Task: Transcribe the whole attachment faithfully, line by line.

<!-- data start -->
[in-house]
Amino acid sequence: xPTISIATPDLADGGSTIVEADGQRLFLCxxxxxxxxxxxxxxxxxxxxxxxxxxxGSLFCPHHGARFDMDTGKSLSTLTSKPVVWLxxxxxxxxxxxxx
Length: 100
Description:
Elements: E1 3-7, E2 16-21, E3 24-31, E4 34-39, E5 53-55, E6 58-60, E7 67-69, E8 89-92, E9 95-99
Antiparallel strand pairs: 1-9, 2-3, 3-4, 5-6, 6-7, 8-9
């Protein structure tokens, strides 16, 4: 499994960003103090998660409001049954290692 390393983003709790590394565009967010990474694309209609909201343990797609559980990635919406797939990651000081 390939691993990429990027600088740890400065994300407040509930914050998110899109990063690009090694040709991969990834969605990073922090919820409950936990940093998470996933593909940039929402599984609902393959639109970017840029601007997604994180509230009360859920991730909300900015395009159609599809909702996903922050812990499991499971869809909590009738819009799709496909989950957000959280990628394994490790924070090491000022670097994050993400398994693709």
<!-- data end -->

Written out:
[in-house]
Amino acid sequence: xPTISIATPDLADGGSTIVEADGQRLFLCxxxxxxxxxxxxxxxxxxxxxxxxxxxGSLFCPHHGARFDMDTGKSLSTLTSKPVVWLxxxxxxxxxxxxx
Length: 100
Description:
Elements: E1 3-7, E2 16-21, E3 24-31, E4 34-39, E5 53-55, E6 58-60, E7 67-69, E8 89-92, E9 95-99
Antiparallel strand pairs: 1-9, 2-3, 3-4, 5-6, 6-7, 8-9
């Protein structure tokens, strides 16, 4: 499994960003103090998660409001049954290692 390393983003709790590394565009967010990474694309209609909201343990797609559980990635919406797939990651000081 390939691993990429990027600088740890400065994300407040509930914050998110899109990063690009090694040709991969990834969605990073922090919820409950936990940093998470996933593909940039929402599984609902393959639109970017840029601007997604994180509230009360859920991730909300900015395009159609599809909702996903922050812990499991499971869809909590009738819009799709496909989950957000959280990628394994490790924070090491000022670097994050993400398994693709």